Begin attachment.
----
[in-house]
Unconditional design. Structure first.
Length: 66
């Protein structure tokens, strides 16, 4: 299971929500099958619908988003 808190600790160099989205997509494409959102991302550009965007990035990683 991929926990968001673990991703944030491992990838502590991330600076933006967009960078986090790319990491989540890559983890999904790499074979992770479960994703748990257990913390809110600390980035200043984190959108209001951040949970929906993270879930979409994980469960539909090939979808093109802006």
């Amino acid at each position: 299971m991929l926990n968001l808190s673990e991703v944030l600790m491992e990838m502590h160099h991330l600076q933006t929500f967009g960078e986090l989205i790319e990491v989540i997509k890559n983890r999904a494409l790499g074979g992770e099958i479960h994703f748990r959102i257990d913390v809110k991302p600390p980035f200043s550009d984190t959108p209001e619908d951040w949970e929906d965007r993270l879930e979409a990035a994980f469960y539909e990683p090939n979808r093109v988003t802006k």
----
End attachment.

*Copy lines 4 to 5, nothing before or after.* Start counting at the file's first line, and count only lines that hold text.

């Protein structure tokens, strides 16, 4: 299971929500099958619908988003 808190600790160099989205997509494409959102991302550009965007990035990683 991929926990968001673990991703944030491992990838502590991330600076933006967009960078986090790319990491989540890559983890999904790499074979992770479960994703748990257990913390809110600390980035200043984190959108209001951040949970929906993270879930979409994980469960539909090939979808093109802006």
């Amino acid at each position: 299971m991929l926990n968001l808190s673990e991703v944030l600790m491992e990838m502590h160099h991330l600076q933006t929500f967009g960078e986090l989205i790319e990491v989540i997509k890559n983890r999904a494409l790499g074979g992770e099958i479960h994703f748990r959102i257990d913390v809110k991302p600390p980035f200043s550009d984190t959108p209001e619908d951040w949970e929906d965007r993270l879930e979409a990035a994980f469960y539909e990683p090939n979808r093109v988003t802006k």